LINCOLN — When interviewed more than a year ago about saving children trapped in a burning school bus, Nebraskan Phil Petr said anyone would have helped those kids.
When interviewed Friday about winning the Carnegie Medal for his act of heroism, the Blue Hill man hadn't changed his story.
“There's not much you would have done different had it been you,” he said. “You sure weren't going to leave them in there.”
What the 47-year-old Petr did on Sept. 5, 2012, was climb into a smoke-filled school bus and pass three children outside to another rescuer. Within moments of getting the kids and himself out, flames and smoke engulfed the bus.
Moments earlier, Petr had been following behind a semitrailer truck that collided with the bus at the intersection of two gravel roads southeast of Blue Hill. The collision killed drivers of both vehicles along with two students. Five students survived.
The Carnegie Hero Fund Commission, a Pittsburgh-based philanthropy that recognizes acts of civilian heroism, announced Friday that Petr was one of 20 new honorees.
“It was an unbelievable thing he did,” said Douglas Chambers, spokesman for the commission.
The Carnegie Medal, which comes with a $5,000 award, is given annually to 80 to 100 North America recipients who “risk their lives to an extraordinary degree” to save others. About 10 people are nominated for every recipient selected, Chambers said.
Others recognized by the commission Friday had run into burning buildings, snatched a child about to be swept away in a river and stood in front of a deranged man armed with a gun who wanted to kill a co-worker.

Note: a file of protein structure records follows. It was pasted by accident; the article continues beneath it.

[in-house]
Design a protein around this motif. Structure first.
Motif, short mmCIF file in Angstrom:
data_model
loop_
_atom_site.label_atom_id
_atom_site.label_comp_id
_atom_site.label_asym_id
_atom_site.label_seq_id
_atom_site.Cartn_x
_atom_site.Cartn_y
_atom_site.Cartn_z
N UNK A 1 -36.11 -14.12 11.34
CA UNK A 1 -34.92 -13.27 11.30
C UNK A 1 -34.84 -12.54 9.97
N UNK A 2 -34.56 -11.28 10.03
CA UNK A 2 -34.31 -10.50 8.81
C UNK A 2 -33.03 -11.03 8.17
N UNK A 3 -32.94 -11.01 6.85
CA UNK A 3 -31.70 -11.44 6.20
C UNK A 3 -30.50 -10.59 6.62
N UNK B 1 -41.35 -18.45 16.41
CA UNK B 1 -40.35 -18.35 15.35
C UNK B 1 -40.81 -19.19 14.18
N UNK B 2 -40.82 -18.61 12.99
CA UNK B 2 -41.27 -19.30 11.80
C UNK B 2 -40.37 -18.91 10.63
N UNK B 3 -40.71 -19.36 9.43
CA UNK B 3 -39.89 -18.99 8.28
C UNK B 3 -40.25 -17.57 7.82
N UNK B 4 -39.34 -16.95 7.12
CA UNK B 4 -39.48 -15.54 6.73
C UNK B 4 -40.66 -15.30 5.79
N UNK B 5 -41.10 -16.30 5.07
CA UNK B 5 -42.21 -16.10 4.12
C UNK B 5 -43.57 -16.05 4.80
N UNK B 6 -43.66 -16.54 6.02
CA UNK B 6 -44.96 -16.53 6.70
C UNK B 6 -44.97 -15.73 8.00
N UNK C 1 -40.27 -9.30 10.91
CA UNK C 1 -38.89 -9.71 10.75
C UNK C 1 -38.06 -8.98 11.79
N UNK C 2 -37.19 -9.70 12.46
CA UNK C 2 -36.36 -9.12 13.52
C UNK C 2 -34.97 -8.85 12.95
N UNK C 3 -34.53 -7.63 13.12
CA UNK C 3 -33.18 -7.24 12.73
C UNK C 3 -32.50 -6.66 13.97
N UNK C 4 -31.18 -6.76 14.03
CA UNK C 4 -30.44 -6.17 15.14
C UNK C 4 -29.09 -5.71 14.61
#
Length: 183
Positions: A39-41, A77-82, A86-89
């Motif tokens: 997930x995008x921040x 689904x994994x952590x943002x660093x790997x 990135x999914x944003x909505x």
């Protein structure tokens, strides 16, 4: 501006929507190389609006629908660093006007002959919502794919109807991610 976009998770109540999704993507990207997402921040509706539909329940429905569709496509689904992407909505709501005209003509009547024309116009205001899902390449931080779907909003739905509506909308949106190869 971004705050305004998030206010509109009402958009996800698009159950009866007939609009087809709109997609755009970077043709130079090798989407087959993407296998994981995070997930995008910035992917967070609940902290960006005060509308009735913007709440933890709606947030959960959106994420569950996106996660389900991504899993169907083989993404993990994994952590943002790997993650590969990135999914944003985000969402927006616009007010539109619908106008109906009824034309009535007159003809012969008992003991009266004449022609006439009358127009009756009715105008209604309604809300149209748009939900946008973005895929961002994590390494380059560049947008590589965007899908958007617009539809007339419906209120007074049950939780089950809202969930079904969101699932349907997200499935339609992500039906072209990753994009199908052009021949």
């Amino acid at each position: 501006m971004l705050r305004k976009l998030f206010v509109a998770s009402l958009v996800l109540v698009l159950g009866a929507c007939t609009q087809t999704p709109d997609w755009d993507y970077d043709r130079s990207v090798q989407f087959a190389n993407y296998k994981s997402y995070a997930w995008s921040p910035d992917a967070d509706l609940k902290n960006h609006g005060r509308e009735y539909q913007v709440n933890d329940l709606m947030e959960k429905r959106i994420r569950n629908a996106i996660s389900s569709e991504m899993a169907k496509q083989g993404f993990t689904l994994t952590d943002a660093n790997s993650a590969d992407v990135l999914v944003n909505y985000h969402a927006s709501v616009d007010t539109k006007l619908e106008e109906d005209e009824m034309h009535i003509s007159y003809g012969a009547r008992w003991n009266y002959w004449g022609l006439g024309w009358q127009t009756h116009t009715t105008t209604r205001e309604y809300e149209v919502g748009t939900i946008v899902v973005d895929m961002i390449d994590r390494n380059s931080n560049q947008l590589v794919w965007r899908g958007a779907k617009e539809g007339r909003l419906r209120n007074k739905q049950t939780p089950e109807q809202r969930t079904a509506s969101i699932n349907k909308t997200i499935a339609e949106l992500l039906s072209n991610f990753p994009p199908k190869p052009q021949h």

Petr was the first person on the scene of the horrific crash near Blue Hill. A cattle farmer, he was working in a nearby pasture where the collision occurred.
When he got out of his pickup, he first noticed a young boy who managed to get out of the bus on his own. The boy told him other children were in the bus.
The impact of the collision jammed the main door, and the back emergency exit was blocked by hay bales. Using a pry bar, Petr smashed out side windows and called to the children.
But they were too scared to move. Ron Meyer, a local farmer who was the second person on the scene, boosted Petr into the bus. The bus was already filling with smoke as Petr handed three children to Meyer.
The two other surviving students got out through broken glass in the main door.
The crash killed students Caroline Thallman, 10, and Dustin Tesdahl, 18, both of Blue Hill. Also killed were semi driver Travis Witte, 21, of Blue Hill, and bus driver Marla Wentworth, 59, of Red Cloud.
Chambers said the commission most likely nominated Petr after learning about his actions from a newspaper article.
Pittsburgh steel magnate Andrew Carnegie started the commission with a $5 million gift in 1904, several months after a coal mine explosion at Harwick, Pa., claimed 181 lives, including those of two would-be rescuers. Since then, the commission has awarded more than 9,500 medals and $34 million.
The commission sometimes provides stipends for the survivors of medal recipients who die or are disabled in their rescue efforts. It also provides some scholarships for the children of recipients.
Petr said he received a call from the commission on Thursday informing him that he had won the award, but he has not yet received the medal.
Although he hasn't decided for sure what he will do with the $5,000, he said he won't keep it for himself. He wants it to help children at Blue Hill school or the families affected by the crash.
“It was a surprise to me,” he said.